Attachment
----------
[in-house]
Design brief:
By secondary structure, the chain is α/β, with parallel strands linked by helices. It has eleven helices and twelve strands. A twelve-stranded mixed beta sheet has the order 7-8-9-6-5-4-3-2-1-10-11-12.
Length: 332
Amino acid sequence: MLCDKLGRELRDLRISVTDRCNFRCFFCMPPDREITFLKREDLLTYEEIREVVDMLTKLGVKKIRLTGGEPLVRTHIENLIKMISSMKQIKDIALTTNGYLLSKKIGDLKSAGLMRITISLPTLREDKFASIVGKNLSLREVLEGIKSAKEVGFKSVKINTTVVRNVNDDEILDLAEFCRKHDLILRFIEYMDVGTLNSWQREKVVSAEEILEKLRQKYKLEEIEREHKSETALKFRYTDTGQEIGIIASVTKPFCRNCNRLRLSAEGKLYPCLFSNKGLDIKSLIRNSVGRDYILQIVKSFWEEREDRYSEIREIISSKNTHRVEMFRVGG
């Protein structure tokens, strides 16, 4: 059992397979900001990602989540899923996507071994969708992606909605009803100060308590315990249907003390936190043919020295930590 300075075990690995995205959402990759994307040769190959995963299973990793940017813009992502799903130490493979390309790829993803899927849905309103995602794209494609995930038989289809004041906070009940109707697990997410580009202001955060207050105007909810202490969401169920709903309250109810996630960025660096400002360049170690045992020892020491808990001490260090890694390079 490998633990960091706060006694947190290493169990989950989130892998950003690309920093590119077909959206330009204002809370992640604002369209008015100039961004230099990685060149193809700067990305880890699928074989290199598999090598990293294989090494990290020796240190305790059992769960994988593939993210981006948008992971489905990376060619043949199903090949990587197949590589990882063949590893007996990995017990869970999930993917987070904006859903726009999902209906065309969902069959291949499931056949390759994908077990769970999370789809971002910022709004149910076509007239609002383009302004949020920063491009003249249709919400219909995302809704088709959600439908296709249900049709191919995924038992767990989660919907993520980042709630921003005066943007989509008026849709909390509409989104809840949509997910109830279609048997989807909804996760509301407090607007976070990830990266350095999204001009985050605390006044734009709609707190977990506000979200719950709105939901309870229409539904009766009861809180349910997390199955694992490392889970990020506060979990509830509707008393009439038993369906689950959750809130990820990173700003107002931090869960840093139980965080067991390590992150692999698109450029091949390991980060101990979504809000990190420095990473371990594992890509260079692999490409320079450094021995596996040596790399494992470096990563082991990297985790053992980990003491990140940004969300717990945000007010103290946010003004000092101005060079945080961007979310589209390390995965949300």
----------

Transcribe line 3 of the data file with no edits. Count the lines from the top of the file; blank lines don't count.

By secondary structure, the chain is α/β, with parallel strands linked by helices. It has eleven helices and twelve strands. A twelve-stranded mixed beta sheet has the order 7-8-9-6-5-4-3-2-1-10-11-12.